Jan Petersen. Spatial planner, architect, and researcher based in the Netherlands. He oversees an interdisciplinary team to develop strategies and shape processes that rebuild resilient urban and conflict-affected environments.
Reconstruction has always been used as a tool to consolidate power, favor certain parts of society, and have persons allied with the government economically benefit from the process of reconstruction. Rebuilding can be very lucrative. Rather than a coherent overall plan, powerful individuals will shape parts of the city individually. The process is not so much geared toward recovery and renewal but rather the consolidation of power.
Yet, urban transformations by strongmen do provide some public utilities, such as power lines. Due to their association with the government, it is not uncommon for planning authorities to be pressured into delivering services – like modern highways – which immediately raise the value of the privately held land parcels significantly. Despite the misgivings regarding these autonomous, self-enriching modes of development, they are there to stay and need to be considered.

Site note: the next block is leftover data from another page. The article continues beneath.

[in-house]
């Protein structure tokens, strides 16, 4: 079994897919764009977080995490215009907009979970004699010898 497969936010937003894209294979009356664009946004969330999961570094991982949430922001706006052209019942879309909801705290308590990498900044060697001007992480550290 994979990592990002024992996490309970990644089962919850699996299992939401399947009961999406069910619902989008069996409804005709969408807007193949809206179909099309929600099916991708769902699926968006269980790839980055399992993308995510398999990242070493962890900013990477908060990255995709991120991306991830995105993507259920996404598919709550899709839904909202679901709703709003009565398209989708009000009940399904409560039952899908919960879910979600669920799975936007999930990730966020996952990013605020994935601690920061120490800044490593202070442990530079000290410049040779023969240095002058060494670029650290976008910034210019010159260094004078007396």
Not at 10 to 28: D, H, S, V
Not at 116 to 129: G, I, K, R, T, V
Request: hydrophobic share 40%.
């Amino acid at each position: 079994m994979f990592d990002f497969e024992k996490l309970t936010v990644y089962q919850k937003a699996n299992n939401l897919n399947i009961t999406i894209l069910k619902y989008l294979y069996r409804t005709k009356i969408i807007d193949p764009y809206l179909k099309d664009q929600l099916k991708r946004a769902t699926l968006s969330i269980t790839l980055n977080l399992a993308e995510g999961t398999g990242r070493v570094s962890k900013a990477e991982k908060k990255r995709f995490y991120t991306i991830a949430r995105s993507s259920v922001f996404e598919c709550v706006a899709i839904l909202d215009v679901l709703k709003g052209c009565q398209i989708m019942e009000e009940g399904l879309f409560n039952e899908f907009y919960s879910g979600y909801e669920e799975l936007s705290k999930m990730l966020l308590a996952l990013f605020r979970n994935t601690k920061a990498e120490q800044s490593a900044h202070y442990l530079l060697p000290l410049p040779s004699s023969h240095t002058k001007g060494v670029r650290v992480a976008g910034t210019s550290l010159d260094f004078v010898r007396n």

It is important to understand that the process of reconstruction is already well underway, without a comprehensive plan and without urban planners at its center. Companies from Iran and Lebanon are already lining up to take on large and highly lucrative projects, especially evident in the rebuilding of roads between major cities. Well before any urban approach toward rebuilding is in place, the city’s future is already being shaped project by project.
One of the main reasons why rebuilding cities is problematic is because reconstruction is primarily funded by states and international donors. The gap between the envisioned formal plan and the realities of informal forces is huge. Scare resources and precious time is wasted on a formal approach and technical understanding of the city. The actual forces that shape the transition of the city from war to peace are frequently overlooked or considered not to be part of the urban discipline. Not embracing this complex force field is a recipe for failure. Unfortunately, currently planning is often done from a top-down perspective. What is crucial is to incorporate professional expertise in developing urban plans that serve both the city and its residents.